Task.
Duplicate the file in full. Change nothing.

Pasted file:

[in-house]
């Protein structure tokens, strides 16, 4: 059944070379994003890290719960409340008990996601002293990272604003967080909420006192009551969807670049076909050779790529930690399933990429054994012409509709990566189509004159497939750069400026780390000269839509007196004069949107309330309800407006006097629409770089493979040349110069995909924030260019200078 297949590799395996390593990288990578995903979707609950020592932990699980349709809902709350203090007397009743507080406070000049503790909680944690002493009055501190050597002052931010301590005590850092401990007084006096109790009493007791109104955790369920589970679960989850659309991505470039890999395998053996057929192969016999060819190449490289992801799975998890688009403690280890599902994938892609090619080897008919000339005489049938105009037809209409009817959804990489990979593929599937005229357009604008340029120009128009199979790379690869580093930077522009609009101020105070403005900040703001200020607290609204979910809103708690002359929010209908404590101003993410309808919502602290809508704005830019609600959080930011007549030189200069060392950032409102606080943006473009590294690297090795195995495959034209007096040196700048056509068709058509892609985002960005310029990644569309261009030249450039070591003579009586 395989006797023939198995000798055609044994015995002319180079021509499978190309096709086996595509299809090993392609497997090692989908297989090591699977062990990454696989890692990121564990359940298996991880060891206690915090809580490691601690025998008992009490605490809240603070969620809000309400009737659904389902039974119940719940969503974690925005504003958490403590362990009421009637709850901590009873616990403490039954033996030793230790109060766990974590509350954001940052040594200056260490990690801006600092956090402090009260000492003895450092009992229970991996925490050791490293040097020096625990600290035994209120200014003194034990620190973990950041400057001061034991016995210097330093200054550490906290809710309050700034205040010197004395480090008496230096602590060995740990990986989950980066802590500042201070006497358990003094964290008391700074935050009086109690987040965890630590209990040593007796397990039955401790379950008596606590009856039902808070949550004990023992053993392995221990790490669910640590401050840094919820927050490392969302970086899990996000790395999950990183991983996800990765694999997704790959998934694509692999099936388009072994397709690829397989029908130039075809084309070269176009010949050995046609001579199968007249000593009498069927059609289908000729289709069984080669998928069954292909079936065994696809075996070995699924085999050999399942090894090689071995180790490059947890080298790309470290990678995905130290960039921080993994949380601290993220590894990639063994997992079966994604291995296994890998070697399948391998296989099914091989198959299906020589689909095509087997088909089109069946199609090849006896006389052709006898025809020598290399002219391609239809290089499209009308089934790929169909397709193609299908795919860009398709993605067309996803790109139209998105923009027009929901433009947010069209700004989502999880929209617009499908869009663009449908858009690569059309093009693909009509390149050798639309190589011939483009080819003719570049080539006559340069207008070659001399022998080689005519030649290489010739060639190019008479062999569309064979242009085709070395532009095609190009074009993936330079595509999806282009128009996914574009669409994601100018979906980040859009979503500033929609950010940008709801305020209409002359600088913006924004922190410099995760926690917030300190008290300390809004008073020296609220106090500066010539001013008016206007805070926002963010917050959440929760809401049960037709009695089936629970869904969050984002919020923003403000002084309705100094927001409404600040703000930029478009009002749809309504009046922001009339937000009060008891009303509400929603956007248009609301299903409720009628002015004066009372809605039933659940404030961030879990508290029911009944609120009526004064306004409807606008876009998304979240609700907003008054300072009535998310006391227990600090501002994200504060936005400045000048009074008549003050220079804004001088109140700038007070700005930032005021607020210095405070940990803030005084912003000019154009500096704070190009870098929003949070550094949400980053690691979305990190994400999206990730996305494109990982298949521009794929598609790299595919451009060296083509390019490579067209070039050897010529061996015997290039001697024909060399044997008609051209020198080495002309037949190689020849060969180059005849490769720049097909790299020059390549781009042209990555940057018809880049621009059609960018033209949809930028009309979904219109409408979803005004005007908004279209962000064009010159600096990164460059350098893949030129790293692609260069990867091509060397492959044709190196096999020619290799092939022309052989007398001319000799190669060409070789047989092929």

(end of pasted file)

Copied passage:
[in-house]
């Protein structure tokens, strides 16, 4: 059944070379994003890290719960409340008990996601002293990272604003967080909420006192009551969807670049076909050779790529930690399933990429054994012409509709990566189509004159497939750069400026780390000269839509007196004069949107309330309800407006006097629409770089493979040349110069995909924030260019200078 297949590799395996390593990288990578995903979707609950020592932990699980349709809902709350203090007397009743507080406070000049503790909680944690002493009055501190050597002052931010301590005590850092401990007084006096109790009493007791109104955790369920589970679960989850659309991505470039890999395998053996057929192969016999060819190449490289992801799975998890688009403690280890599902994938892609090619080897008919000339005489049938105009037809209409009817959804990489990979593929599937005229357009604008340029120009128009199979790379690869580093930077522009609009101020105070403005900040703001200020607290609204979910809103708690002359929010209908404590101003993410309808919502602290809508704005830019609600959080930011007549030189200069060392950032409102606080943006473009590294690297090795195995495959034209007096040196700048056509068709058509892609985002960005310029990644569309261009030249450039070591003579009586 395989006797023939198995000798055609044994015995002319180079021509499978190309096709086996595509299809090993392609497997090692989908297989090591699977062990990454696989890692990121564990359940298996991880060891206690915090809580490691601690025998008992009490605490809240603070969620809000309400009737659904389902039974119940719940969503974690925005504003958490403590362990009421009637709850901590009873616990403490039954033996030793230790109060766990974590509350954001940052040594200056260490990690801006600092956090402090009260000492003895450092009992229970991996925490050791490293040097020096625990600290035994209120200014003194034990620190973990950041400057001061034991016995210097330093200054550490906290809710309050700034205040010197004395480090008496230096602590060995740990990986989950980066802590500042201070006497358990003094964290008391700074935050009086109690987040965890630590209990040593007796397990039955401790379950008596606590009856039902808070949550004990023992053993392995221990790490669910640590401050840094919820927050490392969302970086899990996000790395999950990183991983996800990765694999997704790959998934694509692999099936388009072994397709690829397989029908130039075809084309070269176009010949050995046609001579199968007249000593009498069927059609289908000729289709069984080669998928069954292909079936065994696809075996070995699924085999050999399942090894090689071995180790490059947890080298790309470290990678995905130290960039921080993994949380601290993220590894990639063994997992079966994604291995296994890998070697399948391998296989099914091989198959299906020589689909095509087997088909089109069946199609090849006896006389052709006898025809020598290399002219391609239809290089499209009308089934790929169909397709193609299908795919860009398709993605067309996803790109139209998105923009027009929901433009947010069209700004989502999880929209617009499908869009663009449908858009690569059309093009693909009509390149050798639309190589011939483009080819003719570049080539006559340069207008070659001399022998080689005519030649290489010739060639190019008479062999569309064979242009085709070395532009095609190009074009993936330079595509999806282009128009996914574009669409994601100018979906980040859009979503500033929609950010940008709801305020209409002359600088913006924004922190410099995760926690917030300190008290300390809004008073020296609220106090500066010539001013008016206007805070926002963010917050959440929760809401049960037709009695089936629970869904969050984002919020923003403000002084309705100094927001409404600040703000930029478009009002749809309504009046922001009339937000009060008891009303509400929603956007248009609301299903409720009628002015004066009372809605039933659940404030961030879990508290029911009944609120009526004064306004409807606008876009998304979240609700907003008054300072009535998310006391227990600090501002994200504060936005400045000048009074008549003050220079804004001088109140700038007070700005930032005021607020210095405070940990803030005084912003000019154009500096704070190009870098929003949070550094949400980053690691979305990190994400999206990730996305494109990982298949521009794929598609790299595919451009060296083509390019490579067209070039050897010529061996015997290039001697024909060399044997008609051209020198080495002309037949190689020849060969180059005849490769720049097909790299020059390549781009042209990555940057018809880049621009059609960018033209949809930028009309979904219109409408979803005004005007908004279209962000064009010159600096990164460059350098893949030129790293692609260069990867091509060397492959044709190196096999020619290799092939022309052989007398001319000799190669060409070789047989092929």